Some parts of this houselogic.com article offer good, practical advice on getting help to achieve your down payment or have your closing costs paid for.
“Ways You Didn’t Know You Could Save for a Down Payment
By: Erik Sherman
Published: October 26, 2015
One of the biggest misconceptions of home buying? The 20% down payment. Here’s how to buy with a lot less down.
Buying your first home conjures up all kinds of warm and fuzzy emotions: pride, joy, contentment. But before you get to the good stuff, you’ve got to cobble together a down payment, a daunting sum if you follow the textbook advice to squirrel away 20% of a home’s cost.
Here are creative ways to build your down-payment nest egg faster than you may have ever imagined.
Ask the Seller to Help (Really!)
When sellers want to a get a deal done quickly, they might be willing to assist buyers with the closing costs. Fewer closing costs = more money you can apply toward your deposit.
There are limits on concessions depending on the type of mortgage you get. For FHA mortgages, the cap is 6% of the sale price. For Fannie Mae-guaranteed loans, the caps vary between 3% and 9%, depending on the ratio between how much you put down and the amount you finance. Individual banks have varying caps on concessions.
No matter where they net out, concessions must be part of the purchase contract.
Look into Government Options
The U.S. Department of Housing and Urban Development, or HUD, offers a number of homeownership programs, including assistance with down payment and closing costs. These are typically available for people who meet particular income or location requirements. HUD has a list of links by state that direct you to the appropriate page for information about your state.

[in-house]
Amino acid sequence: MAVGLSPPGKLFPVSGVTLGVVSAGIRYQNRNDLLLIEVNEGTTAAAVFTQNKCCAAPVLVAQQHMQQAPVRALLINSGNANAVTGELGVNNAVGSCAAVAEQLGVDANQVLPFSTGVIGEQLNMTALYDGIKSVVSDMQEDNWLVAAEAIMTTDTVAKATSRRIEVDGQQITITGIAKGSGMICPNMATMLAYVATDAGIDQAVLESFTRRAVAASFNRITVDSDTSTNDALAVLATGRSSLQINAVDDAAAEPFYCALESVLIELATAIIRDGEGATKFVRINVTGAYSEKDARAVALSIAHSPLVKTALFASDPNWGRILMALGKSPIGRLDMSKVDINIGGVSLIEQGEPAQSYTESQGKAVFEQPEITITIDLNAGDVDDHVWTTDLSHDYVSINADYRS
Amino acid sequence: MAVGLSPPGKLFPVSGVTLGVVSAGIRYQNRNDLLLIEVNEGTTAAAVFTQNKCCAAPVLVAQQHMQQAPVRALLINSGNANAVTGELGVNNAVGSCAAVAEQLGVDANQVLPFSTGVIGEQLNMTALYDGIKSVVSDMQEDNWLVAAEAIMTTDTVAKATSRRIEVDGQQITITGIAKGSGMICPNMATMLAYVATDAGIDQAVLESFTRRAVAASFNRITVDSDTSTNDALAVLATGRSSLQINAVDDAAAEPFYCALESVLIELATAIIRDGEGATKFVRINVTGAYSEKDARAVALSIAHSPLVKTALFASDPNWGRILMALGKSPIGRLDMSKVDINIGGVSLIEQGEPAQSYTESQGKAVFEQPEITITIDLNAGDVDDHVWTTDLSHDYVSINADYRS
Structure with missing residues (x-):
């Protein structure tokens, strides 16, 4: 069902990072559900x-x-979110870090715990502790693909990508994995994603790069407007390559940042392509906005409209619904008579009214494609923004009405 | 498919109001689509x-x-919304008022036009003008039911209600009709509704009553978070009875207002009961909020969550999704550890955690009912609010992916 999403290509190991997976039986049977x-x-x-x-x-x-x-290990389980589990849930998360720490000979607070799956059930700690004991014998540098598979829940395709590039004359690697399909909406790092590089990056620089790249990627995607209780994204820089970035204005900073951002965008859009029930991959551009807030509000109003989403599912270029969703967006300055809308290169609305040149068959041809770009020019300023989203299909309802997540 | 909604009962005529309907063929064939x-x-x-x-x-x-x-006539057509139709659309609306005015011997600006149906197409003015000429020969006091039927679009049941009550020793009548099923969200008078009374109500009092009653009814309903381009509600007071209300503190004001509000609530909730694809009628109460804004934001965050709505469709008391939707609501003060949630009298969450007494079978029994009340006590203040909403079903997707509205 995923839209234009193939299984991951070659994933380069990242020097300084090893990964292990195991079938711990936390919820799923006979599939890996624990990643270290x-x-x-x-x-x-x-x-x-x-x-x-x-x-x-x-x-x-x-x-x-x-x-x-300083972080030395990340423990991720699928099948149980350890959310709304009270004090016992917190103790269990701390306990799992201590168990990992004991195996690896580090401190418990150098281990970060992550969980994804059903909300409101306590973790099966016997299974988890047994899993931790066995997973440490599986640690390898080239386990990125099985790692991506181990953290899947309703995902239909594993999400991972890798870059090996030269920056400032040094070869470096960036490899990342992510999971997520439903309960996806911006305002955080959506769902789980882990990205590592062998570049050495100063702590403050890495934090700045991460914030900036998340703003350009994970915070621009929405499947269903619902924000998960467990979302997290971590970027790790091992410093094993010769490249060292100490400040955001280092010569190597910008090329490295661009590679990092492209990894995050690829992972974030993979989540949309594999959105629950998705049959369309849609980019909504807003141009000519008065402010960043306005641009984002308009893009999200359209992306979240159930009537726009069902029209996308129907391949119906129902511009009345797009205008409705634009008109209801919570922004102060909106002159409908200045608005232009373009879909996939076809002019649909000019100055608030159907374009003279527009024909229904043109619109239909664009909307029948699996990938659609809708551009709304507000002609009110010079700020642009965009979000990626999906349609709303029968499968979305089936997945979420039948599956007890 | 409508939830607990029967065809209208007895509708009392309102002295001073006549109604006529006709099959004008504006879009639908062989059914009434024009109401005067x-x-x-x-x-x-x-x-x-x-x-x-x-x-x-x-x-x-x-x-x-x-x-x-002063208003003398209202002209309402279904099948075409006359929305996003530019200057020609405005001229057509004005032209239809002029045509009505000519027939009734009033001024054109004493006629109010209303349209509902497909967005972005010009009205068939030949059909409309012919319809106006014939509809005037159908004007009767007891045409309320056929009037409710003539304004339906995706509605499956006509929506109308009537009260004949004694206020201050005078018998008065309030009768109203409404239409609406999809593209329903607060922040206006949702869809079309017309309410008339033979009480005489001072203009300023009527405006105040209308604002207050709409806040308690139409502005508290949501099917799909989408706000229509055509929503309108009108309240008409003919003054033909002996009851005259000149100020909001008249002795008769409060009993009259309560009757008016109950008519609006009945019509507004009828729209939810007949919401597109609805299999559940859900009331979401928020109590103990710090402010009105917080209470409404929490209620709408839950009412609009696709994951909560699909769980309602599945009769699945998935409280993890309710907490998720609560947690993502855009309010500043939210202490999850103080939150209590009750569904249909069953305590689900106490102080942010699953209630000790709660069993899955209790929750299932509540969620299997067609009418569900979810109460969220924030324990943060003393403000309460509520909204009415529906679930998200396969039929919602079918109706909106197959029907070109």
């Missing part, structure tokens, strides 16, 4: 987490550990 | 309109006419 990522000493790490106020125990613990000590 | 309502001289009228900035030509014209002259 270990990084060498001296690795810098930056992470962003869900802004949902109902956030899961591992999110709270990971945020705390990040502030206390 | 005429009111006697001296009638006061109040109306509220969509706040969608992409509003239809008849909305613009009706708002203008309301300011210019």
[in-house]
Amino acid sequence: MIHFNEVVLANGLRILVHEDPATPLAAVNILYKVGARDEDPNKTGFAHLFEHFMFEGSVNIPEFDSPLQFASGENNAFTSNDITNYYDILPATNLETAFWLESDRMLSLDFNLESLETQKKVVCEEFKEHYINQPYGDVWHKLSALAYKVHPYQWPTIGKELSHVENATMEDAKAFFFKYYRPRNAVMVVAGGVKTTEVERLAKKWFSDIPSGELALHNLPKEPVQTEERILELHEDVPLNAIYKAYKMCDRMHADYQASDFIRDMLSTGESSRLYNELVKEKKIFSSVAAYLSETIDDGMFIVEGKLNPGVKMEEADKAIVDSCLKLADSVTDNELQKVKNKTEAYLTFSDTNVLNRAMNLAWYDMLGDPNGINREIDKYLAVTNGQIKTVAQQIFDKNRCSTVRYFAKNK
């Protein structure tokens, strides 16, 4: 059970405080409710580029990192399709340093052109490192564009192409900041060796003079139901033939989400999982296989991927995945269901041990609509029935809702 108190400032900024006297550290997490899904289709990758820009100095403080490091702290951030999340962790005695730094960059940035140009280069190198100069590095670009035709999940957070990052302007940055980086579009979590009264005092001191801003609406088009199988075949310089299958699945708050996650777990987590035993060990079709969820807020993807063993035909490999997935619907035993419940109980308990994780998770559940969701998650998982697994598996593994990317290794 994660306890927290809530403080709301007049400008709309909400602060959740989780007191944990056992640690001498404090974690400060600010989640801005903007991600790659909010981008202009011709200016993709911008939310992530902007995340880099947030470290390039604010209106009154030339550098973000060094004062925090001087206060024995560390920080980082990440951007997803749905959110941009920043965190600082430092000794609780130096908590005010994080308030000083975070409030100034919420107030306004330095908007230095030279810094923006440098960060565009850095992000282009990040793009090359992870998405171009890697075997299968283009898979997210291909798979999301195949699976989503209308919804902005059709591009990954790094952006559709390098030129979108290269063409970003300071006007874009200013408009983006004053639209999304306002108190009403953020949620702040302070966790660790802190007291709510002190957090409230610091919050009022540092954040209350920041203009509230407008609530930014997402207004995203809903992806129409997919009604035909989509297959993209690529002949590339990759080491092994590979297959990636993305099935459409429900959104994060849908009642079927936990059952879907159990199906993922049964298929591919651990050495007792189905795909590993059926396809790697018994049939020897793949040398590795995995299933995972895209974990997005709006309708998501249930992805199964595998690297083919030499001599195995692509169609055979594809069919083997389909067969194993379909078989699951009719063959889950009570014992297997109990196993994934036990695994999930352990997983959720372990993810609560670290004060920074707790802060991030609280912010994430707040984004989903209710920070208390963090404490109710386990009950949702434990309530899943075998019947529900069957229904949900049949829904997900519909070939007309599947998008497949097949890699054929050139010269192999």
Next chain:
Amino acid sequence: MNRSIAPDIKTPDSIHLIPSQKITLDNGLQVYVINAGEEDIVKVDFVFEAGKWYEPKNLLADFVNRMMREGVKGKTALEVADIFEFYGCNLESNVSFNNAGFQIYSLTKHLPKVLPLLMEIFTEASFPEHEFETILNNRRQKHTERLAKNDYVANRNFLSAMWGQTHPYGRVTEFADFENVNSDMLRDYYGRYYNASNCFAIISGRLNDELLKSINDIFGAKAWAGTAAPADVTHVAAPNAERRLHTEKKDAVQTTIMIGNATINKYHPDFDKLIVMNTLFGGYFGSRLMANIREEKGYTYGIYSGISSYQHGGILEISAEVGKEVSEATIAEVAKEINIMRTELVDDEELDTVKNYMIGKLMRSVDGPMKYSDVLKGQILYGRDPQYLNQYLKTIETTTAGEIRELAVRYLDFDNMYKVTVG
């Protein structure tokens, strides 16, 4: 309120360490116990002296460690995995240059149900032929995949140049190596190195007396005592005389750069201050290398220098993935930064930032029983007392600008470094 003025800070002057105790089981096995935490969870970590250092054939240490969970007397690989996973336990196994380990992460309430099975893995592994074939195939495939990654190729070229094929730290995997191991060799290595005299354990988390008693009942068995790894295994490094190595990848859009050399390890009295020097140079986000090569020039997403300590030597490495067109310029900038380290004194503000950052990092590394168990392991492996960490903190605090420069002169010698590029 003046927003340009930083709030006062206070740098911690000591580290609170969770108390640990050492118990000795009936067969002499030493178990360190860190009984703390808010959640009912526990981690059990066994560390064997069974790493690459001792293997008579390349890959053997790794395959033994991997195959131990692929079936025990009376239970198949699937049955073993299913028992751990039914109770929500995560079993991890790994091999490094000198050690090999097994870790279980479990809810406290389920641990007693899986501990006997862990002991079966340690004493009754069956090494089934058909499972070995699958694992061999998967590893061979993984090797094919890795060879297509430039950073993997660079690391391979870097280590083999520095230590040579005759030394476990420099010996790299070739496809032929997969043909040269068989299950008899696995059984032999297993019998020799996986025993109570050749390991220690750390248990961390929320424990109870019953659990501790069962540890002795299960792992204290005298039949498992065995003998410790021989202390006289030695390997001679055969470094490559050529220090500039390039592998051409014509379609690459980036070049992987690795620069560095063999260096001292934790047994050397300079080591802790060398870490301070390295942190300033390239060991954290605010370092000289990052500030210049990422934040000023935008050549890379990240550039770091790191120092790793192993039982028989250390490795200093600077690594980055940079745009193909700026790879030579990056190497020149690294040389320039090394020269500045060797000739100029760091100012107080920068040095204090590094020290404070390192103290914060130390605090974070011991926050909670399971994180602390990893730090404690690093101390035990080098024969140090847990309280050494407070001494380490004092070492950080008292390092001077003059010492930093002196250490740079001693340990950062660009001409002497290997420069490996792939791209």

HUD offers help based on profession as well. If you’re a law enforcement officer, firefighter, teacher, or EMT, you may be eligible under its Good Neighbor Next Door Sales Program for a 50% discount on a house’s HUD-appraised value in “revitalization areas.” Those areas are designated by Congress for homeownership opportunities. And if you qualify for an FHA-insured mortgage under this program, the down payment is only $100; you can even finance the closing costs.
For veterans, the VA will guarantee part of a home loan through commercial lenders. Often, there’s no down payment or private mortgage insurance required, and the program helps borrowers secure a competitive interest rate.
Some cities also offer homeownership help.
Check with Your Employer
Employer Assisted Housing (EAH) programs help connect low- to moderate-income workers with down payment assistance through their employer. In Pennsylvania, if you work for a participating EAH employer, you can apply for a loan of up to $8,000 for down payment and closing cost assistance. The loan is interest-free and borrowers have 10 years to pay it back.
Ask the human resources or benefits personnel at your employer if the company is part of an EAH program.
Take Advantage of Special Lender Programs
Finally, many lenders offer programs to help people buy a home with a small down payment. “I would say that the biggest misconception [of homebuying] is that you need 20% for the down payment of a house,” says Rodriguez. “There are a lot of programs out there that need a total of 3% or 3.5% down.”
FHA mortgages, for example, can require as little as 3.5%. But bear in mind that there are both upfront and monthly mortgage insurance payments. “The mortgage insurance could add another $300 to your monthly mortgage payment,” Rodriguez says.
Some lender programs go even further. TD Bank, for example, offers a 3% down payment with no mortgage insurance program, and other banks may have similar offerings. “Check with your regional bank,” Rodriguez says. “Maybe they have their own first-time buyer program.”
Not so daunting after all, is it? There’s actually a lot of help available to many first-time buyers who want to achieve their homeownership dreams. All you need to do is a little research — and start peeking at those home listings!